Unbeknownst to the community, O’Bryan had been facing financial difficulties and had planned to collect the life insurance policies of his children. He gave his children Pixy Stix laced with cyanide, claiming they were from a neighbor. The coroner confirmed cyanide poisoning as the cause of death. O’Bryan’s crime forever tainted Halloween and instilled fear in parents worldwide.[3]

7 The Hook Man

The Hook Man is a classic urban legend. A couple parks on a lover’s lane and hears a news report that a man with a hook for a hand has escaped from the local asylum. They hear a thump outside the car and decide to leave. When they get home, they find a hook embedded in their car door.

In 1946, a couple was forced out of their car at gunpoint while parked on a secluded road. Their masked assailant beat and assaulted them but fled when he saw approaching headlights. Unfortunately, others lost their lives to this same attacker, known as the Texarkana Phantom Killer. The killer was never identified, allowing the legend of the Hook Man to live on.[4]

6 The Killer Behind the Medicine Cabinet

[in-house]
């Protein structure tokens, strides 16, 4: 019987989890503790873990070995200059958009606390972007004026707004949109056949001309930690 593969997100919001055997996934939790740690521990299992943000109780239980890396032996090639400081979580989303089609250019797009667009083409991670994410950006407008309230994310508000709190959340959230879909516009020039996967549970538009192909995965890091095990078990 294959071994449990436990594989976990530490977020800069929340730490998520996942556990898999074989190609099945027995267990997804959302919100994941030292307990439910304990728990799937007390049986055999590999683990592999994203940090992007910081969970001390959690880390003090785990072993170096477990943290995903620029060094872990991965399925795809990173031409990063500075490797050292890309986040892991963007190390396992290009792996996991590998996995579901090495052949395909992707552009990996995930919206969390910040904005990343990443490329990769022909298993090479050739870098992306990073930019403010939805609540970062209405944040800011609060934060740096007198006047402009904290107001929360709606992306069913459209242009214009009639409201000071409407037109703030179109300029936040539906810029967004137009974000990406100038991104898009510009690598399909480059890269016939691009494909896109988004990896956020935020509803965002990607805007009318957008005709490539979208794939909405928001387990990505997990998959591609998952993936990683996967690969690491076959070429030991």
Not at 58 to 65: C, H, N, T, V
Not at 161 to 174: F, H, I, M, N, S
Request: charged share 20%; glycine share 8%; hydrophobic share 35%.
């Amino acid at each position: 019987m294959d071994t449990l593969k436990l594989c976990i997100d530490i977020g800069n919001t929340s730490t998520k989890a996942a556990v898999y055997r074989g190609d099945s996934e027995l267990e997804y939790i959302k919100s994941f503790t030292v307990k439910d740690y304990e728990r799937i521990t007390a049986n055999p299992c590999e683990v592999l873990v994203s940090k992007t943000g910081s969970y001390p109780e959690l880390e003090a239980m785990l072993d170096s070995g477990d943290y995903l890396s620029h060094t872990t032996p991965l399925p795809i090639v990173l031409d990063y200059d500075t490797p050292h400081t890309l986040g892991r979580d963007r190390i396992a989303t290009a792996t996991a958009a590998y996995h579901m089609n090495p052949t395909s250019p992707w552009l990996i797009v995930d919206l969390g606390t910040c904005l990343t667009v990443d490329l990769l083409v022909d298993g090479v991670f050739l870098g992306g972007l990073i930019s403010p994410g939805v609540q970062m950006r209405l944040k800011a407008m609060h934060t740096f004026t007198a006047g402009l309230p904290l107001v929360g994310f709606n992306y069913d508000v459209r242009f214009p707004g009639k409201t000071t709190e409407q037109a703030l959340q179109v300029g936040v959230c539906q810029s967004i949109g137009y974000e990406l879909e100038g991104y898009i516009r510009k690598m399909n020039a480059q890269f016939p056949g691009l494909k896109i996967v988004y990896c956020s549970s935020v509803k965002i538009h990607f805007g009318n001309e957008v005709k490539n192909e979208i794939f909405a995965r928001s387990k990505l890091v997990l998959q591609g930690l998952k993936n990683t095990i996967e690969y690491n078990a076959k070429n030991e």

This urban legend gained popularity in the ’90s through the movie Candyman. In the film, the main character demonstrates that there is no wall behind her medicine cabinet and that you can see through to the neighboring apartment. There is a murder attributed to a man crawling through a medicine cabinet in the film.

In 1987, a woman named Ruthie Mae McCoy was murdered in her Chicago apartment by a man who crawled through her medicine cabinet. She called the police, but they did not enter her apartment until days after her death. The residents of the building were not surprised, as using medicine cabinets to break into apartments was a known method in the area.[5]

5 The Sack Man

El Hombre del Saco is Spain’s boogeyman, often depicted as an old man who carries a large sack to put misbehaving children in. Many cultures depict their boogeyman figures as a man with a sack, but El Hombre del Saco is the only version that can be traced back to a murder.

The Crime of Gador is a famous murder case in Spain from 1910. The body of a young boy was found dead by the side of a road. The crime was traced back to a barber named Francisco Leona, who admitted kidnapping the boy by stuffing him in a sack. The murder was committed with the goal of harvesting the boy’s blood and organs as a cure for tuberculosis.[6]